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PUBLISHED: 5:46 PM on Wednesday, April 26, 2006
Strategies for eating well most of the time
A line of SUVs, minivans and one hulking Hummer snake slowly around a fast-food emporium, linked together like the boxcars of a toddler's toy train. Inside each is a work-weary parent resigned to buying pickup for that night's meal.

One SUV holds a mother in her 30s who made plans to cook for her family, but an afternoon meeting ran late. Just as she was leaving the office, she had to take an important phone call that lasted longer than it needed. She tries to be a champion in the business world and the planet's best mom. It's a battle few can win.

Remnants of broken toys, a crayon or two and Goldfish crumbs sully the floor of her expensive vehicle. Her oldest child sits next to her, while the youngest is strapped safely in the back in her older brother's hand-me-down car seat. Last week, the parents celebrated successful potty training of the youngest and took a couple of weeks worth of diaper money and splurged on a bottle of wine.

When she arrives at the microphone, she leans her head out of the vehicle's window and shouts down at the menu board for food she knows isn't the best.

Tapping the accelerator, the SUV lurches to the window where she will finish the transaction. She fights back the guilt, rationalizing that she had prepared a home-cooked meal the night before and the night before that. Accepting a bag of Styrofoam and cardboard containing burgers and fries, she vows it won't happen again this week. It's a deal with the devil she has made before.

Moms, I feel for you. I don't know how you do it. My wife and I don't have kids, and we barely see each other. When I'm too tired or uninspired to cook, I call one of my favorite eating spots while on I-95.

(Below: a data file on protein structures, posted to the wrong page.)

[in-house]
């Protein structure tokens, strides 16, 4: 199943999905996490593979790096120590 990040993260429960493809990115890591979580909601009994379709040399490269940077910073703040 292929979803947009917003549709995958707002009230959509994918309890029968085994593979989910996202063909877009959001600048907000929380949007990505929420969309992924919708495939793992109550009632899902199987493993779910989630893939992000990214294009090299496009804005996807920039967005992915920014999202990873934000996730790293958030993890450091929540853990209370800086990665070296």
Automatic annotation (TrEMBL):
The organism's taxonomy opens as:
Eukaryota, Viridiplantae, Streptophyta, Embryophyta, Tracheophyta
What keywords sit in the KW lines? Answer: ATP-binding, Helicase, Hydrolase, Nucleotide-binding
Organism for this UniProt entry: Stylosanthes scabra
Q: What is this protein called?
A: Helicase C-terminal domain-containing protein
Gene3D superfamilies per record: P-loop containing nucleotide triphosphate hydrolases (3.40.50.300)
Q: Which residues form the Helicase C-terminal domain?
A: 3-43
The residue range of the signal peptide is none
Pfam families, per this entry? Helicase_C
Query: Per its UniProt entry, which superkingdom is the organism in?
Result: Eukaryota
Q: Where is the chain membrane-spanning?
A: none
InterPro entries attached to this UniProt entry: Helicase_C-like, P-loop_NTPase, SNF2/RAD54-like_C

They're on my cell phone speed dial.

But we all could be better home cooks if we put a little thought into the "What's for dinner?" question.

We need to strategize for a weekly cooking plan that realistically accepts the premise that at least two nights a week the primary cook is going to be too tired, too late or too uninspired to cook from scratch.

This is when doubling up on the nights you do cook makes sense. I'm not talking about spending four hours in the kitchen cooking two complete meals. Rather, think of ways to make the meal last two days.

The easiest is to prepare twice what you need for that night and serve the same meal the next. It's efficient but boring.

So instead of re-creating the whole meal think about doubling up on the protein. It takes maybe 10 minutes longer to prepare two chickens than one for the oven. The cooking time is the same. After dinner, cut the meat off the second bird to be used for chicken salad for the next night.

Or, cut the meat into large slices and chunks and reheat it the next night for chicken fajitas or to add to a salad.

Make extra burgers and reheat the extras to add heft to a rice dish or a soup. What kid doesn't like sloppy joes?

London broil is a large piece of beef that works well the next night re-heated for sandwiches.

When whipping up mashed potatoes, make two batches at once. Second-day potatoes warmed in a skillet are wonderful and too easy.

Fast food is a necessity sometimes. There's no sin in making the occasional purchase. But with a little planning, pizza can become a weekend treat rather than a Wednesday night old reliable.

Macdonald is a food writer for Morris Communications in Jacksonville, Fla.


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